This book analyzes the effect of political and economic forces on the ideas and values disseminated to the general public by schools, movies, radio, and television. The author shows how similar and conflicting political and economic pressures influence education, movies, and broadcasting. The book provides an understanding of how ideas are shaped in American society by the interplay between government power, private enterprise, and organized advocacy groups.
The story is complex with many different and conflicting strands. In a broad sense, it is the story of the public education of the American people. The book does not attempt to measure the actual effect of various media, but it does show what was intended for the education of the public mind by forces that shaped and continue to shape the content of schools, movies, and broadcasting.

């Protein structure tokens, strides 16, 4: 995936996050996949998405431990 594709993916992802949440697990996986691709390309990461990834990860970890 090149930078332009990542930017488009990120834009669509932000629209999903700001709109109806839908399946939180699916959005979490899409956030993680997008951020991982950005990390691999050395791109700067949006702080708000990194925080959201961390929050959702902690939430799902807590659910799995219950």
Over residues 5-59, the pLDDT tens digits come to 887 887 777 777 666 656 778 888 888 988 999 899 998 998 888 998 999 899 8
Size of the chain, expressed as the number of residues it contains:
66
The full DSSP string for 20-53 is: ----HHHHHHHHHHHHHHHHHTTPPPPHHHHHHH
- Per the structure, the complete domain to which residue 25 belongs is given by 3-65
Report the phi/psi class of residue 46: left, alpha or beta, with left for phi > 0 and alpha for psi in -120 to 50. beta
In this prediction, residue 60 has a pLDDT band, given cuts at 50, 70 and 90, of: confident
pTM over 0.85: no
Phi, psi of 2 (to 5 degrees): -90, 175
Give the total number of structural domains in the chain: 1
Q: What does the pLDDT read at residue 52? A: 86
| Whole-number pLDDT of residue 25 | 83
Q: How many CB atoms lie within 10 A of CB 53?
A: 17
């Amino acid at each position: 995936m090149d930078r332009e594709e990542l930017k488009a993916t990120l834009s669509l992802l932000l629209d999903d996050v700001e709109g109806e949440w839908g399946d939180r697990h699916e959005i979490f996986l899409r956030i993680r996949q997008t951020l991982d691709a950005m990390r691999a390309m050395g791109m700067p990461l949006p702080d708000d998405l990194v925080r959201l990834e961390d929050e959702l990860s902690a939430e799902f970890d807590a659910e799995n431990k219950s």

|Publisher:||State University of New York Press|
|Product dimensions:||6.00(w) x 1.25(h) x 9.00(d)|
About the Author
Joel Spring is Professor of Education at the State University of New York, College at Old Westbury. He is the author of Education and the Rise of the Corporate State; A Primer of Libertarian Education; The Sorting Machine: National Education Policy Since 1945; Educating the Worker-Citizen; and Conflict of Interests: The Politics of American Education.